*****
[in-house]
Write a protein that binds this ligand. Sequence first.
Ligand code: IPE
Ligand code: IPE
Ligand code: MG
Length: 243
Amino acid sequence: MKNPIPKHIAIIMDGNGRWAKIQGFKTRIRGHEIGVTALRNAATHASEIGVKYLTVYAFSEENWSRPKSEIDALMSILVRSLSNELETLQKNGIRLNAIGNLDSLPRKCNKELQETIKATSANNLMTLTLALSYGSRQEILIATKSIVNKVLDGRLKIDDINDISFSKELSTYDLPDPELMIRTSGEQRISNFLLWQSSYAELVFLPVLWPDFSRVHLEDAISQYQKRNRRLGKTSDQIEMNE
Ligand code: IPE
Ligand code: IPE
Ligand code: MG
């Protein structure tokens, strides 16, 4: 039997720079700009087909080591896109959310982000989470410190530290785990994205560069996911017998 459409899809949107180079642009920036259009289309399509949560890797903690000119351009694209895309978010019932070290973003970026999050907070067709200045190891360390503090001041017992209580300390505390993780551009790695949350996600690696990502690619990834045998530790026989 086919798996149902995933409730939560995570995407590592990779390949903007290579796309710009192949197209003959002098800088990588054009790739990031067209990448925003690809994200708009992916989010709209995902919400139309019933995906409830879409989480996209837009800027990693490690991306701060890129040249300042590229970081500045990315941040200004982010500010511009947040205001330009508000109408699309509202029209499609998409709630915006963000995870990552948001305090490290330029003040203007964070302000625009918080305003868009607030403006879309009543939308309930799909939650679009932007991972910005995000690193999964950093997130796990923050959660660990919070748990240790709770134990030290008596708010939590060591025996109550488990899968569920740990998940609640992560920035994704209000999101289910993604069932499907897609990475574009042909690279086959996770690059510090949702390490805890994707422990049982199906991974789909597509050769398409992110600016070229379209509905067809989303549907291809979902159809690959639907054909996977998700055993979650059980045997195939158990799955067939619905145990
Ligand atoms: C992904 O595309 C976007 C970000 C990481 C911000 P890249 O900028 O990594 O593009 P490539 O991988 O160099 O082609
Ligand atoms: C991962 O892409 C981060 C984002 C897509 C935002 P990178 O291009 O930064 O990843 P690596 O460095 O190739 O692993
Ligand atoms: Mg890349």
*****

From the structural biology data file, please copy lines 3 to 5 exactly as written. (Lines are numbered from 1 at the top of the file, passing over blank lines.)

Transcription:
Ligand code: IPE
Ligand code: IPE
Ligand code: MG